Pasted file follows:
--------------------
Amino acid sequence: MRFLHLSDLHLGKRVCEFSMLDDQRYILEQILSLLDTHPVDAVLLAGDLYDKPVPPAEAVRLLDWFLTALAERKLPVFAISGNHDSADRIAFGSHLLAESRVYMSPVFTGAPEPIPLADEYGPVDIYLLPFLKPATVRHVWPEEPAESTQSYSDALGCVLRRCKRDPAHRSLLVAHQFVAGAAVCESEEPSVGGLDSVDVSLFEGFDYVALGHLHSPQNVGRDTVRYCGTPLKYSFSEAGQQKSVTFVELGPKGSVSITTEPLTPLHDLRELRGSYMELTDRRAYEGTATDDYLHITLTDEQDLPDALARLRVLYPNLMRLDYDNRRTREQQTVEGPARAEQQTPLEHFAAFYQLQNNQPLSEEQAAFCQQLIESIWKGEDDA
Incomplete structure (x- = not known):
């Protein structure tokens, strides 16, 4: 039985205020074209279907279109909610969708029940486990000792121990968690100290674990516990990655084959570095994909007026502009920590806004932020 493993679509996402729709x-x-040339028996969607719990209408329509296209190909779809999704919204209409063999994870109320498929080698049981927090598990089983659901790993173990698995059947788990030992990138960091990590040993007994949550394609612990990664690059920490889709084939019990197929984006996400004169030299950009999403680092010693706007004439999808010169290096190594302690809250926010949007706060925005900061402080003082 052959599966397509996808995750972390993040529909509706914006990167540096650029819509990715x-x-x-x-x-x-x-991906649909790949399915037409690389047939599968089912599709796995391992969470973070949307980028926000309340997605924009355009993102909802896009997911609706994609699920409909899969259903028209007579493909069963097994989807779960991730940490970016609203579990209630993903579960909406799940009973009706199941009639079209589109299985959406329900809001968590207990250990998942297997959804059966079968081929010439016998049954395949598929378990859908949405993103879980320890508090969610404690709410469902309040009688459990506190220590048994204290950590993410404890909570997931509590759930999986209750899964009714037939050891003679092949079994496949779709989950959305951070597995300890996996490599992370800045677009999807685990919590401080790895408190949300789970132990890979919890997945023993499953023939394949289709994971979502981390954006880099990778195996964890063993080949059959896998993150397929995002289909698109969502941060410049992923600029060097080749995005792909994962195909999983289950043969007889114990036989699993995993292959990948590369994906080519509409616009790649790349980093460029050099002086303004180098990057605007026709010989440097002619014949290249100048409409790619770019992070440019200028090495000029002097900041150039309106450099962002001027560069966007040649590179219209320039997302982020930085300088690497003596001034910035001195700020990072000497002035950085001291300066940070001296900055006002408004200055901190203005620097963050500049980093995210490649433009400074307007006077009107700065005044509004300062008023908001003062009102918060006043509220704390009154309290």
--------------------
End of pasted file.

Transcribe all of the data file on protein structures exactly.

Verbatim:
Amino acid sequence: MRFLHLSDLHLGKRVCEFSMLDDQRYILEQILSLLDTHPVDAVLLAGDLYDKPVPPAEAVRLLDWFLTALAERKLPVFAISGNHDSADRIAFGSHLLAESRVYMSPVFTGAPEPIPLADEYGPVDIYLLPFLKPATVRHVWPEEPAESTQSYSDALGCVLRRCKRDPAHRSLLVAHQFVAGAAVCESEEPSVGGLDSVDVSLFEGFDYVALGHLHSPQNVGRDTVRYCGTPLKYSFSEAGQQKSVTFVELGPKGSVSITTEPLTPLHDLRELRGSYMELTDRRAYEGTATDDYLHITLTDEQDLPDALARLRVLYPNLMRLDYDNRRTREQQTVEGPARAEQQTPLEHFAAFYQLQNNQPLSEEQAAFCQQLIESIWKGEDDA
Incomplete structure (x- = not known):
């Protein structure tokens, strides 16, 4: 039985205020074209279907279109909610969708029940486990000792121990968690100290674990516990990655084959570095994909007026502009920590806004932020 493993679509996402729709x-x-040339028996969607719990209408329509296209190909779809999704919204209409063999994870109320498929080698049981927090598990089983659901790993173990698995059947788990030992990138960091990590040993007994949550394609612990990664690059920490889709084939019990197929984006996400004169030299950009999403680092010693706007004439999808010169290096190594302690809250926010949007706060925005900061402080003082 052959599966397509996808995750972390993040529909509706914006990167540096650029819509990715x-x-x-x-x-x-x-991906649909790949399915037409690389047939599968089912599709796995391992969470973070949307980028926000309340997605924009355009993102909802896009997911609706994609699920409909899969259903028209007579493909069963097994989807779960991730940490970016609203579990209630993903579960909406799940009973009706199941009639079209589109299985959406329900809001968590207990250990998942297997959804059966079968081929010439016998049954395949598929378990859908949405993103879980320890508090969610404690709410469902309040009688459990506190220590048994204290950590993410404890909570997931509590759930999986209750899964009714037939050891003679092949079994496949779709989950959305951070597995300890996996490599992370800045677009999807685990919590401080790895408190949300789970132990890979919890997945023993499953023939394949289709994971979502981390954006880099990778195996964890063993080949059959896998993150397929995002289909698109969502941060410049992923600029060097080749995005792909994962195909999983289950043969007889114990036989699993995993292959990948590369994906080519509409616009790649790349980093460029050099002086303004180098990057605007026709010989440097002619014949290249100048409409790619770019992070440019200028090495000029002097900041150039309106450099962002001027560069966007040649590179219209320039997302982020930085300088690497003596001034910035001195700020990072000497002035950085001291300066940070001296900055006002408004200055901190203005620097963050500049980093995210490649433009400074307007006077009107700065005044509004300062008023908001003062009102918060006043509220704390009154309290």